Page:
Part 2 – Your Environment
In the previous post (How To Break Creative Block Pt 1) we covered exercises, best practices, and materials to help you fight off creative block. Today I want to cover the place where you create. Whether it’s a studio, a house, an apartment, or refrigerator box in the alley, the place you create should be a haven for creative growth.
Ever walk into an art gallery or a beautiful place and suddenly want to draw? That’s called inspiration my friends, and it can be a great weapon against Creative Block.
As a visually creative person, we tend to be a bit voyeuristic. We see something that makes our spirit click and then have this weird thing that happens; suddenly our heart is racing, blood is pumping, our hands may shake, body temperature may rise as well. Ancient Greeks compared it to ecstasy because it feels a lot like the rush you get from intense physical attraction or being in love. Your brain becomes hyper alert from the rush and forgets its skill level and sends the message to the rest of you, “I can do that. Let’s do that!”. Suddenly you’re in a creative fervor. This happens out in the world a lot but you need to do it at home or in the studio too. You need to grow inspiration, cultivate it, farm it.
So how do you farm inspiration? It seems so random to most. Well, first thing you need to do is fix your environment. The place where you create should make you want to create. Think of it as Feng Shui but instead of building harmony, your magnifying creative energy. My studio/office is filled with an ever changing collection of art, statues, toys and books. All these things are related to projects I have worked on, want to work on, or made me strive to improve my work. Anything that makes you want to create, surround yourself with. Most importantly, I don’t have much of my own art on display. In fact other than storing paintings in the open, I really don’t display my own work. The reason for this is simple: I was there when I created that painting. My own art does not inspire me. The two pieces I painted on display are there because I achieved something technical with those pieces and until I’m confident I can repeat it regularly and can say it’s permanently part of my skillset, I’ll keep them on display as a reminder of what I am capable of. Fill your office with the things that are inspiring you.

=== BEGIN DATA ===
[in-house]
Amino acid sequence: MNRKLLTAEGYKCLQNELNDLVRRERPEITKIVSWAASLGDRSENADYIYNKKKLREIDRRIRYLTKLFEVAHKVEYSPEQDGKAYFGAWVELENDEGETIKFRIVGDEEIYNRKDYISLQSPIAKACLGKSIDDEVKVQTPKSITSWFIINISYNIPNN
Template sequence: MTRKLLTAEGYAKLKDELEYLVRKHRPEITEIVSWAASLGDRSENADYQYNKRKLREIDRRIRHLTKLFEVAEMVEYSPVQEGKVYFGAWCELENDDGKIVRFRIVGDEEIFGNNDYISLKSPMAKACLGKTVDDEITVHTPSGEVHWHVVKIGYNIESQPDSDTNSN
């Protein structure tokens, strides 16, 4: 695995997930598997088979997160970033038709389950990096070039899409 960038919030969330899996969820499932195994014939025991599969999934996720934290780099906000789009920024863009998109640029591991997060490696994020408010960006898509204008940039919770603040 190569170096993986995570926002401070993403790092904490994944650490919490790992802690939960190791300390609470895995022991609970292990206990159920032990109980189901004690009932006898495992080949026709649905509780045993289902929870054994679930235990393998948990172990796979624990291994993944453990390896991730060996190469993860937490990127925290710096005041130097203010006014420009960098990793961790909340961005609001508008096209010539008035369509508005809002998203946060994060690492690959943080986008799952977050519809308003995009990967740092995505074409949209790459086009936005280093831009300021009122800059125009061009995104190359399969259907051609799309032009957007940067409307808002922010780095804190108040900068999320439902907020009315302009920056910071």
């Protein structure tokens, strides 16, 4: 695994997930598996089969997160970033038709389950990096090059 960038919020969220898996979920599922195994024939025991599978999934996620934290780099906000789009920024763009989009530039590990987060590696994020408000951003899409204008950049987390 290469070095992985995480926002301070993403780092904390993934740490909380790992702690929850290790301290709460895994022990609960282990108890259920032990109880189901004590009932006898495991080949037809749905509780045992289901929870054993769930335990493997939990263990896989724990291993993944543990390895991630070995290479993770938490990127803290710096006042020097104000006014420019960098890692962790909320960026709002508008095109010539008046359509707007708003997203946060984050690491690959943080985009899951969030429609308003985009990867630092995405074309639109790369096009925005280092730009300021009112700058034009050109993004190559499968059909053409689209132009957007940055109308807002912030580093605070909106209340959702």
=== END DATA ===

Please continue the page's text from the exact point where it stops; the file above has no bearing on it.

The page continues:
Google Images is a great source for getting reference for a project but what I really like are books. I have thousands of them. One of my favorite things, is my collection of sketchbooks. I love getting sketchbooks from other artists so I can see their creative thought process. Often they include thumbnails or failed compositions. These are a gold mine to me! I can see how someone else worked through their problem and apply those lessons to my own work. I have a collection of anatomy books, “How to Draw [BLANK]” books, Pinup Art, Monsters, Dragons, books on movie production and prop design, books collecting art from some of my favorite artists, etc.. Don’t forget comic books. Here are a few links to books in my collection I really enjoy:
Suggested Books on the Creative Process:
Books About Some Of My Favorite Artists:
Books on Movie and Production Design:
Good Anatomy Books
My studio is an almost perfect creative environment for me. I have the collection of aforementioned books, but I also have toys and art. I try to add or rotate things out regularly to keep it fresh. There are toys from Robotech, Star Wars, Voltron, Transformers, Front Mission, various anime and manga properties, and more. I have things that remind me of childhood and innocence. I have things that remind me of moments and experiences in my life that were amazing and in a couple cases, tragic. I also have a few personal things here and there that remind me to be a better person. All of these things serve the purpose of keeping my creative juices flowing. Here are some of examples of toys I have used for inspiration or reference:
Lee Kohse is a professional artist in the Entertainment Industry and his art can be found in private collections and art galleries around the world. He has worked as a licensing artist for Lucasfilm and Dreamworks since 2006. You can watch Lee stream art live from his studio several nights a week on Twitch (www.twitch.tv/kohseart) or catch him at Comic and Entertainment Conventions talking about the business of being an artist.